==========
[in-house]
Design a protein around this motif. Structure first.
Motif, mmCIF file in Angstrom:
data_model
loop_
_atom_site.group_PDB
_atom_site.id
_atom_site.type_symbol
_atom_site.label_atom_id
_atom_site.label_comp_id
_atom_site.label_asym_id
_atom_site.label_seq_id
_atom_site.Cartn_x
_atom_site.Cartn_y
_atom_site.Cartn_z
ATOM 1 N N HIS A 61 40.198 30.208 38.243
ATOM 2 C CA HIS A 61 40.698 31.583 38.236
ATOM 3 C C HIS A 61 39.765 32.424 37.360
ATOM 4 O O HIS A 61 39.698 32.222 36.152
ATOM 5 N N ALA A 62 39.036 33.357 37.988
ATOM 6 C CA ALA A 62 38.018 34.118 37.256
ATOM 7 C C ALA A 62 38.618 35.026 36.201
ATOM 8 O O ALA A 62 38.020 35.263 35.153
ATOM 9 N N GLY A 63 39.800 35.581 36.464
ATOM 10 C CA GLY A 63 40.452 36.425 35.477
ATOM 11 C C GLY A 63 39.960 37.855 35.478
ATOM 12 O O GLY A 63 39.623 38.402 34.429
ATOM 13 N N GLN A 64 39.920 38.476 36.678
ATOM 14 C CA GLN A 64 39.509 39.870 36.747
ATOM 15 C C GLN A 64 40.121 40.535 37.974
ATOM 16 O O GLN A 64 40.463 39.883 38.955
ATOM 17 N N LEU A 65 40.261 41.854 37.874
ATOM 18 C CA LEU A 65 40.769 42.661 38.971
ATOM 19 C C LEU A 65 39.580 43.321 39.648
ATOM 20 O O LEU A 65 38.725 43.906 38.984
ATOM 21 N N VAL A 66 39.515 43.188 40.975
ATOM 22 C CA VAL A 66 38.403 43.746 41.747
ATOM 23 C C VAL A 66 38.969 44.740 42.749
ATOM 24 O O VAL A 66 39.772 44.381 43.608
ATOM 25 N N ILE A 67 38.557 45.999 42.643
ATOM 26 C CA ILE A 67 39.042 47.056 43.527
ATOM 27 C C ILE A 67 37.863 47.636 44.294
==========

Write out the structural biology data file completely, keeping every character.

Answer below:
[in-house]
Design a protein around this motif. Structure first.
Motif, mmCIF file in Angstrom:
data_model
loop_
_atom_site.group_PDB
_atom_site.id
_atom_site.type_symbol
_atom_site.label_atom_id
_atom_site.label_comp_id
_atom_site.label_asym_id
_atom_site.label_seq_id
_atom_site.Cartn_x
_atom_site.Cartn_y
_atom_site.Cartn_z
ATOM 1 N N HIS A 61 40.198 30.208 38.243
ATOM 2 C CA HIS A 61 40.698 31.583 38.236
ATOM 3 C C HIS A 61 39.765 32.424 37.360
ATOM 4 O O HIS A 61 39.698 32.222 36.152
ATOM 5 N N ALA A 62 39.036 33.357 37.988
ATOM 6 C CA ALA A 62 38.018 34.118 37.256
ATOM 7 C C ALA A 62 38.618 35.026 36.201
ATOM 8 O O ALA A 62 38.020 35.263 35.153
ATOM 9 N N GLY A 63 39.800 35.581 36.464
ATOM 10 C CA GLY A 63 40.452 36.425 35.477
ATOM 11 C C GLY A 63 39.960 37.855 35.478
ATOM 12 O O GLY A 63 39.623 38.402 34.429
ATOM 13 N N GLN A 64 39.920 38.476 36.678
ATOM 14 C CA GLN A 64 39.509 39.870 36.747
ATOM 15 C C GLN A 64 40.121 40.535 37.974
ATOM 16 O O GLN A 64 40.463 39.883 38.955
ATOM 17 N N LEU A 65 40.261 41.854 37.874
ATOM 18 C CA LEU A 65 40.769 42.661 38.971
ATOM 19 C C LEU A 65 39.580 43.321 39.648
ATOM 20 O O LEU A 65 38.725 43.906 38.984
ATOM 21 N N VAL A 66 39.515 43.188 40.975
ATOM 22 C CA VAL A 66 38.403 43.746 41.747
ATOM 23 C C VAL A 66 38.969 44.740 42.749
ATOM 24 O O VAL A 66 39.772 44.381 43.608
ATOM 25 N N ILE A 67 38.557 45.999 42.643
ATOM 26 C CA ILE A 67 39.042 47.056 43.527
ATOM 27 C C ILE A 67 37.863 47.636 44.294